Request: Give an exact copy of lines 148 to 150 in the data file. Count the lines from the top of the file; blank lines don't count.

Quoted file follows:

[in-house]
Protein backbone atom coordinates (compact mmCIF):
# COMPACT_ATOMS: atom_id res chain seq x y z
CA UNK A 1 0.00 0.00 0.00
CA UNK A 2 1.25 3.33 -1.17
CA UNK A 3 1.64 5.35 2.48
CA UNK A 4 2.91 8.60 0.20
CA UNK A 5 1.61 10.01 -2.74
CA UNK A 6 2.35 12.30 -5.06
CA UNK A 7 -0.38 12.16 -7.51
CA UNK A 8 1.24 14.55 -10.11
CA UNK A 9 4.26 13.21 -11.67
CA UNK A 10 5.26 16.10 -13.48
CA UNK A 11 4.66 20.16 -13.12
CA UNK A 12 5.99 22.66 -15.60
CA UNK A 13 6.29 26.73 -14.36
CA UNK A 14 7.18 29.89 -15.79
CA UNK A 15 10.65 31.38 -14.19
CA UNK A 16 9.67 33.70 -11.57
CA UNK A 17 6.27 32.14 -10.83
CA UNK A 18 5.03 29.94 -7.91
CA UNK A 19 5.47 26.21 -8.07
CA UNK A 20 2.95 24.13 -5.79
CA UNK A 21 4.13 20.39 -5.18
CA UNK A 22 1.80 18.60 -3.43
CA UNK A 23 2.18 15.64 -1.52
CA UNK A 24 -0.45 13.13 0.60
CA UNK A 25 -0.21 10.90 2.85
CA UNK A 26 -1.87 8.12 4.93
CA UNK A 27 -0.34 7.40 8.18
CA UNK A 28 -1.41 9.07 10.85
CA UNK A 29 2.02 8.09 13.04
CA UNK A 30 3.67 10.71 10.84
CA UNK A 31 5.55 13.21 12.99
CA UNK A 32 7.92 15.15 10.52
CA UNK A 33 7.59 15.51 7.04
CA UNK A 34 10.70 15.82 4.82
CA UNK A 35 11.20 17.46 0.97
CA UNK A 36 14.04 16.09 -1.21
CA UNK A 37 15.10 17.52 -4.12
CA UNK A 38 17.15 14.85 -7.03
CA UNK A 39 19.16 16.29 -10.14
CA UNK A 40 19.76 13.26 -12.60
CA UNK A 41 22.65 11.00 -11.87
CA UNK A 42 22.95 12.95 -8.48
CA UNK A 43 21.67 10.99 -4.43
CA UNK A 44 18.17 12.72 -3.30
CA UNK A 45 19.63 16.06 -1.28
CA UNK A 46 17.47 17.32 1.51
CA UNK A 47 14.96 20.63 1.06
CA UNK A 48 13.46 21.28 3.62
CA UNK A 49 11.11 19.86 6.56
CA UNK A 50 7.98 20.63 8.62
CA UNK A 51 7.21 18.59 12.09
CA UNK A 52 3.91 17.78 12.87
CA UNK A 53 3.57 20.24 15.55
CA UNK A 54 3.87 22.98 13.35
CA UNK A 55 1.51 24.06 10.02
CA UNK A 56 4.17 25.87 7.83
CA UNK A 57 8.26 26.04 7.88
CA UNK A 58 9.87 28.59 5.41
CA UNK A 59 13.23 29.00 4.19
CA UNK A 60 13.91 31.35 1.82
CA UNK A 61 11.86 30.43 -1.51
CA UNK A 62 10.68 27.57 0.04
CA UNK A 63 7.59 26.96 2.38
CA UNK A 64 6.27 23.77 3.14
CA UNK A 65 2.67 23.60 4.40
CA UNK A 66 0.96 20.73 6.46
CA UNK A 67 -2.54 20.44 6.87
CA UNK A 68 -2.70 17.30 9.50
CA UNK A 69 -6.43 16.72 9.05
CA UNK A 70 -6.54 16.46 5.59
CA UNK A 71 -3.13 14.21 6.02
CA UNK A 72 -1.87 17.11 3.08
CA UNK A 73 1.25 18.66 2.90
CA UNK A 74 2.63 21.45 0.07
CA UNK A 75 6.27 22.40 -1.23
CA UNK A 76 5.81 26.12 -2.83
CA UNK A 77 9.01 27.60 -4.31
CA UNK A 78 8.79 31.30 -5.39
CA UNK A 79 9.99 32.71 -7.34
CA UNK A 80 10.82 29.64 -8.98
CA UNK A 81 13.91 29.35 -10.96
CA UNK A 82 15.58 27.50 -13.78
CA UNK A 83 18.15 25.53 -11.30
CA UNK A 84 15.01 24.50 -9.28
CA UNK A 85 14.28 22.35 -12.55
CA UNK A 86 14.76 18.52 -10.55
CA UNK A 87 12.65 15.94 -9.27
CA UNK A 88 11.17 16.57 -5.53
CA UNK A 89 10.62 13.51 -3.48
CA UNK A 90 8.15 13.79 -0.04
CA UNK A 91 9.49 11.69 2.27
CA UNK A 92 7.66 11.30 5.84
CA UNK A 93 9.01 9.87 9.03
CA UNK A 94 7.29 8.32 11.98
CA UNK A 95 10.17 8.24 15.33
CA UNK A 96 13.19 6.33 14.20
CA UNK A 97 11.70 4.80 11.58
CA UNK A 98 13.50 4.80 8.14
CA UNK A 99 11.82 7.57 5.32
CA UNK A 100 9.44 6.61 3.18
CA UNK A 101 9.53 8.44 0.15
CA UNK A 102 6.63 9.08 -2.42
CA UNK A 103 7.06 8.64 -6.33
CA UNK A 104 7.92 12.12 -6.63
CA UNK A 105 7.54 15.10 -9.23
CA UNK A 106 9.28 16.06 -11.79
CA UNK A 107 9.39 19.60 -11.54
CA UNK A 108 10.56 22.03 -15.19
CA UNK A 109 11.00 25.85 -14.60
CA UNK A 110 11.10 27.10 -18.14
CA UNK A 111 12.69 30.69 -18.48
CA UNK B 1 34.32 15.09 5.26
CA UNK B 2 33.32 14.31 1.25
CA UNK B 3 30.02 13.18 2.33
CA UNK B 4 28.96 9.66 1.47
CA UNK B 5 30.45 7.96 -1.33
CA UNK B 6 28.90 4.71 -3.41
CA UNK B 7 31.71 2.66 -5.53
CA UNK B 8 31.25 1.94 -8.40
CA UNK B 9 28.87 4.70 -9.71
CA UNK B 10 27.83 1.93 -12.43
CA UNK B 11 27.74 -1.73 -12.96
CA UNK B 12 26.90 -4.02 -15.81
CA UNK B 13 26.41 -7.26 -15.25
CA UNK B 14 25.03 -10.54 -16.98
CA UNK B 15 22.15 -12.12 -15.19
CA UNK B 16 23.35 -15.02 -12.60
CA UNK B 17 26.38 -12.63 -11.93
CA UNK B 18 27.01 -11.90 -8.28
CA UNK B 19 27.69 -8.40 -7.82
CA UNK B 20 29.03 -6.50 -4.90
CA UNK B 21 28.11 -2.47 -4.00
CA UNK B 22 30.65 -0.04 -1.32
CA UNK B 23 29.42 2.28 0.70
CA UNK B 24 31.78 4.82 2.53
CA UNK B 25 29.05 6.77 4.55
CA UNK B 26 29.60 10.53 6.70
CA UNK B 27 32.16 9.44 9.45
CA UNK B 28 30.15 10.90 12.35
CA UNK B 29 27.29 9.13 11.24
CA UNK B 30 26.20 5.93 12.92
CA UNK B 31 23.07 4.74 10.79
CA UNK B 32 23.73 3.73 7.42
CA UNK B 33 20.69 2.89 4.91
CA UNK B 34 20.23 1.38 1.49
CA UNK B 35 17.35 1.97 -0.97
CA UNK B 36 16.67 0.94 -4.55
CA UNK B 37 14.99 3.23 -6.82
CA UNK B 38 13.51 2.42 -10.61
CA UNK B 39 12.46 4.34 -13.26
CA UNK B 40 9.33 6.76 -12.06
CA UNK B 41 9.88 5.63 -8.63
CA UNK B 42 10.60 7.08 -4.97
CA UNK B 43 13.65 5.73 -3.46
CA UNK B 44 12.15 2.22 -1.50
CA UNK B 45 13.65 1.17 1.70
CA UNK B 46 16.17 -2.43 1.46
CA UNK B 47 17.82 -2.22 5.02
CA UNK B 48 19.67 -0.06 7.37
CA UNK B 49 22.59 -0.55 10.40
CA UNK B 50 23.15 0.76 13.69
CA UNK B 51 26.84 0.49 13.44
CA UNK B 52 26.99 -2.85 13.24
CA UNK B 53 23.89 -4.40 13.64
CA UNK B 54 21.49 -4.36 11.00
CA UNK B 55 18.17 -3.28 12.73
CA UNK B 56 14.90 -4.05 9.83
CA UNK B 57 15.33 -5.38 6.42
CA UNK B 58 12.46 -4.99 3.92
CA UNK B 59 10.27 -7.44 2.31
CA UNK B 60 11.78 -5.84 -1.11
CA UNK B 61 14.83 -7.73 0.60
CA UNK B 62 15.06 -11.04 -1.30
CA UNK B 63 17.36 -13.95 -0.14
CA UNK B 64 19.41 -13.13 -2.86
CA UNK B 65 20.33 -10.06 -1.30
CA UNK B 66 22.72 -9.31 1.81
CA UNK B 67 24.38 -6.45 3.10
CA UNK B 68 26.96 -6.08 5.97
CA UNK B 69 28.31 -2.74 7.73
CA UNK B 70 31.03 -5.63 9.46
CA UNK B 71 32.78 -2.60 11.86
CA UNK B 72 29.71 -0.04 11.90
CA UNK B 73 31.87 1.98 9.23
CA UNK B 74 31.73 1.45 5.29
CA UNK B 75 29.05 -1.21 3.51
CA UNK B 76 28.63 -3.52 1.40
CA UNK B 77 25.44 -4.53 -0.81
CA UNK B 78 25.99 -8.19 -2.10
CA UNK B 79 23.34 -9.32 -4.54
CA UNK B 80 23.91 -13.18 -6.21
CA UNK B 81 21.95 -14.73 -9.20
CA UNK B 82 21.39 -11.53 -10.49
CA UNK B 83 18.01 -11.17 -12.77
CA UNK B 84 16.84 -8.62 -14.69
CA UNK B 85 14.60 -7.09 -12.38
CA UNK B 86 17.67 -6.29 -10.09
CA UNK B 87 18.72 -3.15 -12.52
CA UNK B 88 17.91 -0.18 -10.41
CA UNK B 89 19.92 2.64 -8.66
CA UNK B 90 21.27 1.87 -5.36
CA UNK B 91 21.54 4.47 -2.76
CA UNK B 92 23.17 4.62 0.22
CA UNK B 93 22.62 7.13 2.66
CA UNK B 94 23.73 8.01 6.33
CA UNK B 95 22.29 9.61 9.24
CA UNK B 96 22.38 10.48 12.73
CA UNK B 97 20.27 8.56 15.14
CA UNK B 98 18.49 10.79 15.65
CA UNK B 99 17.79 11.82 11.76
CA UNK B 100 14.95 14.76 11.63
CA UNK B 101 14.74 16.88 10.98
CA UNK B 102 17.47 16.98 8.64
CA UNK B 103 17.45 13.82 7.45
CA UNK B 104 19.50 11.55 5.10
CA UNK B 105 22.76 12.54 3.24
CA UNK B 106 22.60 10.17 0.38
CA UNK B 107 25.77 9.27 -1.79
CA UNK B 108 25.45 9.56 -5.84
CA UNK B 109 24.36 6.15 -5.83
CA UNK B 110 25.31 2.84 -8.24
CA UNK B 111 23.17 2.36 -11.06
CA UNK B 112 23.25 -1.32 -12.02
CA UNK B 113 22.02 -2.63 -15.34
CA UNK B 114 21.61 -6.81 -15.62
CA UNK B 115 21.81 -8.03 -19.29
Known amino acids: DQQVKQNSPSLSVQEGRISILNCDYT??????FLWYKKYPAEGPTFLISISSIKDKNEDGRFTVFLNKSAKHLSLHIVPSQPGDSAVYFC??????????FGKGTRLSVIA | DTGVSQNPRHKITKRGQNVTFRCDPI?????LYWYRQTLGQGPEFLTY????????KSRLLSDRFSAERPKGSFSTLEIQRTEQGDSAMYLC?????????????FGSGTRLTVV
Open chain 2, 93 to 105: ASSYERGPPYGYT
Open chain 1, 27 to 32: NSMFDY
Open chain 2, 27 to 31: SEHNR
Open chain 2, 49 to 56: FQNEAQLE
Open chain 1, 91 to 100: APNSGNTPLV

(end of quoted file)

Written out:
CA UNK B 34 20.23 1.38 1.49
CA UNK B 35 17.35 1.97 -0.97
CA UNK B 36 16.67 0.94 -4.55